Kate Mulgrew’s kids like The X Files better than Voyager—but she’s not panicking yet. “My boys are reflecting society,” says Mulgrew of Ian, 13, and Alec, 12. “Everything they want to see is dark, negative, paranoid—which is what most science fiction is these days. But I must believe it is a trend. Darkness may define this era, but it does not define this century, past or future.” Star Trek, she concedes, “may be regarded as Pollyannaish, but the key to its success has always been hope and bonding. Some say Star Trek has peaked, but if it has, it’s because Voyager has not piqued the imagination of our audience like TNG did. Their writers were on a real trajectory. It’s also time Voyager kicked some ass. Janeway needs a more Kirk-like approach.”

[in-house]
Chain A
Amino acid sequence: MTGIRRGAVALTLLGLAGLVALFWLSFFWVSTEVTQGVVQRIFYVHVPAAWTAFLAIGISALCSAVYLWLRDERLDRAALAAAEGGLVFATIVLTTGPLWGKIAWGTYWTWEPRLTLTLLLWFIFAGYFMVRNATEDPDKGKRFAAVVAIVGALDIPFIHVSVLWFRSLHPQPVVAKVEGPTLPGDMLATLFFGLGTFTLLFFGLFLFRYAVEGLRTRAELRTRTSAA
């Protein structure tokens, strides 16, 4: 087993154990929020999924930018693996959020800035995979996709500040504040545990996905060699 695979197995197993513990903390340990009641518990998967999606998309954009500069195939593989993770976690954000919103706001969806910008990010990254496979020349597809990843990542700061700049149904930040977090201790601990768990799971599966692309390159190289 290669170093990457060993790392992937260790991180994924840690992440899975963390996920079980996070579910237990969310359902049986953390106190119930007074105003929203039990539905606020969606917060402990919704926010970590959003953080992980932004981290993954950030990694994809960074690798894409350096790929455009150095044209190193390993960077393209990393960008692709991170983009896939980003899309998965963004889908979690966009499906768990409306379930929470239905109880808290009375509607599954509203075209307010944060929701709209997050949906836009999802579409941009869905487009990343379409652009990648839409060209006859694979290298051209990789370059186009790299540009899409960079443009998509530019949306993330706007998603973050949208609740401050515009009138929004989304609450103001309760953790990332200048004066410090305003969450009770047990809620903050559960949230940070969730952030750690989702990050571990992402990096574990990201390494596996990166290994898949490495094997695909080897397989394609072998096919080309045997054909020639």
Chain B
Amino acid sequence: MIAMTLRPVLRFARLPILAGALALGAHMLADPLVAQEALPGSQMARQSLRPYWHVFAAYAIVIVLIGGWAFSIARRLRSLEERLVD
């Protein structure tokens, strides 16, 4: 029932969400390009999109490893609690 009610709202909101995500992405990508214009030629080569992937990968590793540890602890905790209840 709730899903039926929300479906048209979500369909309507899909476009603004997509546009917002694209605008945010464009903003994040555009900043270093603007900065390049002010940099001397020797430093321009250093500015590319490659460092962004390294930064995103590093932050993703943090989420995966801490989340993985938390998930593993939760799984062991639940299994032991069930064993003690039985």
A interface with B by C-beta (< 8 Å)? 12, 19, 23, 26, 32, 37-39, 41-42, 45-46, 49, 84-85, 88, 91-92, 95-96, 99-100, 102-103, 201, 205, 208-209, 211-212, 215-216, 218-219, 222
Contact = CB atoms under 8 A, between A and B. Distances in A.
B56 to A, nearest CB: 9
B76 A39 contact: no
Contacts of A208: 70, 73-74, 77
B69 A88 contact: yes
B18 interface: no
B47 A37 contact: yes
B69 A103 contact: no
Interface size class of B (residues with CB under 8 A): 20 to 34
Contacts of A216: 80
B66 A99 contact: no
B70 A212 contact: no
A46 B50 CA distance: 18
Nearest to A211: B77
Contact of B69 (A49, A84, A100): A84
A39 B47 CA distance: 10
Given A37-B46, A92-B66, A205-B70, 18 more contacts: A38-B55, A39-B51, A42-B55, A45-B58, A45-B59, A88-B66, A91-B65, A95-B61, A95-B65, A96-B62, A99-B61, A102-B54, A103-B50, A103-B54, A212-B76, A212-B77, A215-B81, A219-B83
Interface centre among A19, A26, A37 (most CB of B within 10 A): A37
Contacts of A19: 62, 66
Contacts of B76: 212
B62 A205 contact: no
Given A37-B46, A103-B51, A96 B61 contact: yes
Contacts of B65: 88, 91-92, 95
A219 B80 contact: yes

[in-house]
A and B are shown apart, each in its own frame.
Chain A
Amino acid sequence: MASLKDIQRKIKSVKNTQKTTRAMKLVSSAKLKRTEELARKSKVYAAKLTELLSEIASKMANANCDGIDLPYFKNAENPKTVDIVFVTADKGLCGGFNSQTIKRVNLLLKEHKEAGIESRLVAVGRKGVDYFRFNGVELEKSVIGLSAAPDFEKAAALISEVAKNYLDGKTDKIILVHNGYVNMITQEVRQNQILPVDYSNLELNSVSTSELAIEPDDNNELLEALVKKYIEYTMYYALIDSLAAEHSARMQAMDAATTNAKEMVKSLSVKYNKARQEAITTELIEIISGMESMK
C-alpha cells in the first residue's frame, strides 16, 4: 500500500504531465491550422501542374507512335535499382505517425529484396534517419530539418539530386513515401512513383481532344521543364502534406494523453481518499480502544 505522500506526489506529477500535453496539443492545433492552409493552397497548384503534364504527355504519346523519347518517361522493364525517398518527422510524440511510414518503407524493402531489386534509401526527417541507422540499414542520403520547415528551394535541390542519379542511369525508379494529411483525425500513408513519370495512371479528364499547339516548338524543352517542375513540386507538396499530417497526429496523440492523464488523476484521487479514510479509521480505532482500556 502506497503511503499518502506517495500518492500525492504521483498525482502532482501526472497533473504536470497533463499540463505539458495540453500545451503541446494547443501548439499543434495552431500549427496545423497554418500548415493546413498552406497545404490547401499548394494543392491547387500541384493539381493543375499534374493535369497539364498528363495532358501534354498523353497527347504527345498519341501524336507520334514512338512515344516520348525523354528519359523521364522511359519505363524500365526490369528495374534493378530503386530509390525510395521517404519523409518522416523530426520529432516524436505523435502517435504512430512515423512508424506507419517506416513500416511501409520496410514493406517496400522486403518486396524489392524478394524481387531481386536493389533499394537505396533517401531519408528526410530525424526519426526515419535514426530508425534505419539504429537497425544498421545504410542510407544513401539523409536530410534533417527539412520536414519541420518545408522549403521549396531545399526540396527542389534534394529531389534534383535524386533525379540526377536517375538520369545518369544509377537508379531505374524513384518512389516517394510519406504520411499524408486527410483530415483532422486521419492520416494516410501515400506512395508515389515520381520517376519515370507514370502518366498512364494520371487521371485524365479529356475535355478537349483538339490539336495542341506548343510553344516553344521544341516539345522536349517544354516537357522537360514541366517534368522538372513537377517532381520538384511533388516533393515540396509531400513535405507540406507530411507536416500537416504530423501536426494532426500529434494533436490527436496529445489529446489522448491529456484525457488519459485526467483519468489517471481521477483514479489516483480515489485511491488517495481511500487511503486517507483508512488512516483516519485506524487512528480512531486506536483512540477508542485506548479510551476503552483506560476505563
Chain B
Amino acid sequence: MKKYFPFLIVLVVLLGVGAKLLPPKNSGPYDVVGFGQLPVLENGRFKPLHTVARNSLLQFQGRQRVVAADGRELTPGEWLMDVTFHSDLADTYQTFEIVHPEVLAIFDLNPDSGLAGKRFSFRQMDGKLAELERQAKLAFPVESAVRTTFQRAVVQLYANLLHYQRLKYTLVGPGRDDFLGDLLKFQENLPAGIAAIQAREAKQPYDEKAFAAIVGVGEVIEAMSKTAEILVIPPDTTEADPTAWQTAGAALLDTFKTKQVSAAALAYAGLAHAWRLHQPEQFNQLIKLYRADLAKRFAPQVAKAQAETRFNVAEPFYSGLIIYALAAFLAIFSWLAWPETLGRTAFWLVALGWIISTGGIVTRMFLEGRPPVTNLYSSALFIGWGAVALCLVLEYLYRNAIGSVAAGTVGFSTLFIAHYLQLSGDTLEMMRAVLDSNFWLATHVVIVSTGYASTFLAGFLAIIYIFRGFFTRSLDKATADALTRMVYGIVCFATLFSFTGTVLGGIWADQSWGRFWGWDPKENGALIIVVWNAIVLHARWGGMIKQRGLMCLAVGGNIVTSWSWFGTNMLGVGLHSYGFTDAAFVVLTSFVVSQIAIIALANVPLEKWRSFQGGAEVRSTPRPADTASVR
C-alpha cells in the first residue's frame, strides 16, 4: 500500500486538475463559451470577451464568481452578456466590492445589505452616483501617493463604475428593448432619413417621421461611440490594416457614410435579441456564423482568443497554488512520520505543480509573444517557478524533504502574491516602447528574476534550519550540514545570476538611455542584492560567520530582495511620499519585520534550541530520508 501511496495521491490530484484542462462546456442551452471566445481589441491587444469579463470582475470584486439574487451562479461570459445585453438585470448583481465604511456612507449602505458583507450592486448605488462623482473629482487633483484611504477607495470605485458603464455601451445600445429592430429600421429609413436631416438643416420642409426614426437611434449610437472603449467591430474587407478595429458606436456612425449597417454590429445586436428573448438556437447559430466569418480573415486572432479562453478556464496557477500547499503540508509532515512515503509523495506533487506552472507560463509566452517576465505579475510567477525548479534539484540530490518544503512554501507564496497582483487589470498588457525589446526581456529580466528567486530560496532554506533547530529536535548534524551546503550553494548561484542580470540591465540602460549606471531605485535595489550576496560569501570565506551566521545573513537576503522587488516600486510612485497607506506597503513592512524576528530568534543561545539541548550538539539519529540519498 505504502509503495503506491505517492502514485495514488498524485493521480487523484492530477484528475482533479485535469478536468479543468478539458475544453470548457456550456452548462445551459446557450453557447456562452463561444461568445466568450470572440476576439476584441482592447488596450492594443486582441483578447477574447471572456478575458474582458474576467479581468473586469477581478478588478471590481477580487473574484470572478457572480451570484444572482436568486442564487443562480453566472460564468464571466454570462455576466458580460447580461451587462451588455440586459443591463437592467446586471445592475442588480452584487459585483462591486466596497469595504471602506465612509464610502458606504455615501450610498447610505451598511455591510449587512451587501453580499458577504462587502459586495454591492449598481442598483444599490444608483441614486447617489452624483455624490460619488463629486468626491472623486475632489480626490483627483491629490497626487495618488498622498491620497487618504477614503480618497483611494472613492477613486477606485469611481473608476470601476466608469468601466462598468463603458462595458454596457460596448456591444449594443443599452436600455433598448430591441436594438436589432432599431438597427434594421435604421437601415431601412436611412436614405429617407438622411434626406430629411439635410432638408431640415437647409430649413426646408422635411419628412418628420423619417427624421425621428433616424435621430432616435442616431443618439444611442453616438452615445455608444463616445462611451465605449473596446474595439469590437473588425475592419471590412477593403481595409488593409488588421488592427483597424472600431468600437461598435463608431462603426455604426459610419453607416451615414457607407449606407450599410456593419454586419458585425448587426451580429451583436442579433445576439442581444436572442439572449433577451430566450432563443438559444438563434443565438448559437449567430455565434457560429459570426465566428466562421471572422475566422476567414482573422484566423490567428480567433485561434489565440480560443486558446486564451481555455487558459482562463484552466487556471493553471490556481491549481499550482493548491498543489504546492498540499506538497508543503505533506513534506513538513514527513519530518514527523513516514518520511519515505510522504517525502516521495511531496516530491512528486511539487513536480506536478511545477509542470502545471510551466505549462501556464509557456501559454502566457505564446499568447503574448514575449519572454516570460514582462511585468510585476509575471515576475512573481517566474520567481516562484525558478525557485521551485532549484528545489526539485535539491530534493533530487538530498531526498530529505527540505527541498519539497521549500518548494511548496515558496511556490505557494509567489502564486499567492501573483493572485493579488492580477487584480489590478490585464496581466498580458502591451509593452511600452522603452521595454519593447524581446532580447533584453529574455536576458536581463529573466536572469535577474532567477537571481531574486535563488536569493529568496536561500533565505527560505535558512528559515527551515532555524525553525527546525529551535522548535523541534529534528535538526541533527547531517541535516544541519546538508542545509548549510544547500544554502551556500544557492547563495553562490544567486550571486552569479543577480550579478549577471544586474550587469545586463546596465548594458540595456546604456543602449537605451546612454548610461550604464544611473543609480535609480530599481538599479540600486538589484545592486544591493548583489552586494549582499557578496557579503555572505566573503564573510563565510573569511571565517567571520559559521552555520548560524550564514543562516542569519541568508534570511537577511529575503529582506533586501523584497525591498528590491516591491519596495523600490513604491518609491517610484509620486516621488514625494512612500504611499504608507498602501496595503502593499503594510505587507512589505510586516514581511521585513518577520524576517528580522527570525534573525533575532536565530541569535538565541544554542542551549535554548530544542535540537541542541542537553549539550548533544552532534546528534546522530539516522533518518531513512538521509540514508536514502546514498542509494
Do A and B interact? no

And a better grasp of techno-speak: Mulgrew, 41, says
her headiest—and most humiliating— memory since joining Voyager was going
to the White House to meet 20 teenage girls who were devoting their lives
to science. “I came away saying, ‘OK, no more faking.’ So I’m now reading
Einstein, Newton, and Galileo. It may take me an hour to get through a
paragraph, but I’m determined to know what I’m talking about on the bridge,
even if it kills me.” How does Mulgrew feel about the 30th birthday hoo-ha?
“Like the baby in the family—still trying to stake its own claim, yet looking
back in awe at its revered grandfathers.” Well, don’t tell that to Shatner.